Mint

Mint leaves close upMint (Mentha spp.) is an excellent herb for beginning gardeners. It's very easy to grow, attracts pollinators, and does well in Florida's hot and humid weather. This popular herb can be used fresh or dry in a variety of ways in your kitchen.

Characteristics

The refreshingly aromatic leaves are dark green, small and pointed, with slightly notched margins. The small flowers can be off-white, bluish, or violet. Both the leaves and flowers can be added to many dishes including desserts, beverages, meat, salads, as well as jellies and sauces.

Mints belong to the Labiatae family with many other herbs, including basil, thyme, rosemary, sage, and oregano. Of the actual Mentha spp., there are 19 or so distinct species and many crosses. Two of the most popular are peppermint (Mentha piperita) and spearmint (Mentha spicata). But other mints exist as well, such as apple mint, English mint, orange mint, and even chocolate mint.

Planting and Care

While is one of the easiest herbs to grow, its strength is also its downside; it grows rapidly, sending out runners everywhere and can become weedy if left unchecked. To avoid having the rest of your garden overrun with mint, plant it in containers.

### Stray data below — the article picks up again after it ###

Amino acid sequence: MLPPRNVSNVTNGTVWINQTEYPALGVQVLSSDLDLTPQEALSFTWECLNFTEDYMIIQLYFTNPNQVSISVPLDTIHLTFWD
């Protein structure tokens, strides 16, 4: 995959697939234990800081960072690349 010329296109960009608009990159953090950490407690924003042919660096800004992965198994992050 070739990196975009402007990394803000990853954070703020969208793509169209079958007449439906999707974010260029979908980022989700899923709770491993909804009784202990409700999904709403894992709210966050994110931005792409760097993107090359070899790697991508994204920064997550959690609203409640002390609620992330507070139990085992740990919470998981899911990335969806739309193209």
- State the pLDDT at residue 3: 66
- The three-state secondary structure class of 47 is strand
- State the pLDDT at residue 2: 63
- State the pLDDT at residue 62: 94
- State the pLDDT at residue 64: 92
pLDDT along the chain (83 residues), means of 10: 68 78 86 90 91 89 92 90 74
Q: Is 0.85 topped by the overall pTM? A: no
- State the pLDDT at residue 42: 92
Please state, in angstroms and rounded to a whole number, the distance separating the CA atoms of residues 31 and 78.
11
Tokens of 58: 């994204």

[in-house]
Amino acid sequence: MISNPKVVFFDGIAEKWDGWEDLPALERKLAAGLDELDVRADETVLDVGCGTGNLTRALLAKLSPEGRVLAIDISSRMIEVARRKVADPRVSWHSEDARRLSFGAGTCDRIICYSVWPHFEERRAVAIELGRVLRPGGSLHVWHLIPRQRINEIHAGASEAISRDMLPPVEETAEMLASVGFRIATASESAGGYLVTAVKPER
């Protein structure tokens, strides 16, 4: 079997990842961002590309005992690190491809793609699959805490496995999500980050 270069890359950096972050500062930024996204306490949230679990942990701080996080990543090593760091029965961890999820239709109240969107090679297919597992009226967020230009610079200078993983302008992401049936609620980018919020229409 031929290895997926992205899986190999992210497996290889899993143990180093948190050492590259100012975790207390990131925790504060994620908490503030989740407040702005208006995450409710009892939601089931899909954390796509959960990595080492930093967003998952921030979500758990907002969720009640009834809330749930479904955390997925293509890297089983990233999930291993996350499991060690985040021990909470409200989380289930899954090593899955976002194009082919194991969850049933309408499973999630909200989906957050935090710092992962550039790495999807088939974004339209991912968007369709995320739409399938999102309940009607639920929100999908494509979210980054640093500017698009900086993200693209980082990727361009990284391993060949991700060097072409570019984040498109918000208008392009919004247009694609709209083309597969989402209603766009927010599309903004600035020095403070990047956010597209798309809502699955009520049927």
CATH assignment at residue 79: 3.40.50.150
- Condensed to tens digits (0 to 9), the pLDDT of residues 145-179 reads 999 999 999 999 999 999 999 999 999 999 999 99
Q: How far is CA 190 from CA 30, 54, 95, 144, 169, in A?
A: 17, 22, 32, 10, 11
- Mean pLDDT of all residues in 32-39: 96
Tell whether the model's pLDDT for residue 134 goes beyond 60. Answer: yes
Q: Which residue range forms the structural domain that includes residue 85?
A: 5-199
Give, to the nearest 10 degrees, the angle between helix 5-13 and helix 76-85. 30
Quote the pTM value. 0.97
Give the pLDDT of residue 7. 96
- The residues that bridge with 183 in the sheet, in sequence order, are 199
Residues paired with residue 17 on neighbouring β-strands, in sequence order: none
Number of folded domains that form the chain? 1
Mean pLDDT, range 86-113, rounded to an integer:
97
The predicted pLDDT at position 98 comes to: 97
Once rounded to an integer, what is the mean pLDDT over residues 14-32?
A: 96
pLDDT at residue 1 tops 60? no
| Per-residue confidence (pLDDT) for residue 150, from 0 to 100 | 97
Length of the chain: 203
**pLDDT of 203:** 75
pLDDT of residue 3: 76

Mint grows best in soils that retain moisture and prefers light or part shade in Florida. Space plants about 12 inches apart to give them room to spread and grow.

Mint plants are propagated by either cuttings or division. Mint runners can be removed and transplanted or passed along to share with friends.

As your plant grows, mint leaves can be harvested as needed. Leaves and flowers can be used freshly picked from the garden or dried and stored for later use. Mint is considered a tender-leaf herb, meaning that the leaves have a high moisture content. As a tender-leaf herb, mint needs to be dried somewhere with darkness and low humidity or the leaves will turn dark and moldy.

For more information on growing mint and other herbs contact your local county Extension office.

UF/IFAS Publications